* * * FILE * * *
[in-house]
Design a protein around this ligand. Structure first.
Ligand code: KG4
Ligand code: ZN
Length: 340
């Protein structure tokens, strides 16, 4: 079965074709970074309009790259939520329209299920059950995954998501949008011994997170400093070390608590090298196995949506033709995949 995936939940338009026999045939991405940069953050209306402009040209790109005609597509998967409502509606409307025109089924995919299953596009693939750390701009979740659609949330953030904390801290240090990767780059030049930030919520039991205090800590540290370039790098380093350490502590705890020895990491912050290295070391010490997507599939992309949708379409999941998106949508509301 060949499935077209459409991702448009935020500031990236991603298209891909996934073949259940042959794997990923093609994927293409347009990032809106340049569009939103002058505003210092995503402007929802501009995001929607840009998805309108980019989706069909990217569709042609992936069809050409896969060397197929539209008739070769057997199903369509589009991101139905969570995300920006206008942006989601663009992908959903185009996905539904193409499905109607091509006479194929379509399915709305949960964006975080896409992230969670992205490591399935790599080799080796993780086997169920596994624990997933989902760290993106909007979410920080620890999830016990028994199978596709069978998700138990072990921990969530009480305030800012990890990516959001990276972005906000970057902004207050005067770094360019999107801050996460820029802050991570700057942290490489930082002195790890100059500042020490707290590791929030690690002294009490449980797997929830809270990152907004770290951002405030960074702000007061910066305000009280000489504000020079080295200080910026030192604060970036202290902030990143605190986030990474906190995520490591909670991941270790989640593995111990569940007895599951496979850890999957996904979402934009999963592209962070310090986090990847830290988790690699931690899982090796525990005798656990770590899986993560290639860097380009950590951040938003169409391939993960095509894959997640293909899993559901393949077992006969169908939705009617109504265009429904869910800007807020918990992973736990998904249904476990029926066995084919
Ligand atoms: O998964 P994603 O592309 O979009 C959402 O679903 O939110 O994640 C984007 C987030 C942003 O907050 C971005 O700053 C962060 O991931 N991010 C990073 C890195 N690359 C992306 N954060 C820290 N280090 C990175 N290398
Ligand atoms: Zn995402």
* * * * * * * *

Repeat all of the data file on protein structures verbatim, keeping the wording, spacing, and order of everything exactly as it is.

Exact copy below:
[in-house]
Design a protein around this ligand. Structure first.
Ligand code: KG4
Ligand code: ZN
Length: 340
């Protein structure tokens, strides 16, 4: 079965074709970074309009790259939520329209299920059950995954998501949008011994997170400093070390608590090298196995949506033709995949 995936939940338009026999045939991405940069953050209306402009040209790109005609597509998967409502509606409307025109089924995919299953596009693939750390701009979740659609949330953030904390801290240090990767780059030049930030919520039991205090800590540290370039790098380093350490502590705890020895990491912050290295070391010490997507599939992309949708379409999941998106949508509301 060949499935077209459409991702448009935020500031990236991603298209891909996934073949259940042959794997990923093609994927293409347009990032809106340049569009939103002058505003210092995503402007929802501009995001929607840009998805309108980019989706069909990217569709042609992936069809050409896969060397197929539209008739070769057997199903369509589009991101139905969570995300920006206008942006989601663009992908959903185009996905539904193409499905109607091509006479194929379509399915709305949960964006975080896409992230969670992205490591399935790599080799080796993780086997169920596994624990997933989902760290993106909007979410920080620890999830016990028994199978596709069978998700138990072990921990969530009480305030800012990890990516959001990276972005906000970057902004207050005067770094360019999107801050996460820029802050991570700057942290490489930082002195790890100059500042020490707290590791929030690690002294009490449980797997929830809270990152907004770290951002405030960074702000007061910066305000009280000489504000020079080295200080910026030192604060970036202290902030990143605190986030990474906190995520490591909670991941270790989640593995111990569940007895599951496979850890999957996904979402934009999963592209962070310090986090990847830290988790690699931690899982090796525990005798656990770590899986993560290639860097380009950590951040938003169409391939993960095509894959997640293909899993559901393949077992006969169908939705009617109504265009429904869910800007807020918990992973736990998904249904476990029926066995084919
Ligand atoms: O998964 P994603 O592309 O979009 C959402 O679903 O939110 O994640 C984007 C987030 C942003 O907050 C971005 O700053 C962060 O991931 N991010 C990073 C890195 N690359 C992306 N954060 C820290 N280090 C990175 N290398
Ligand atoms: Zn995402």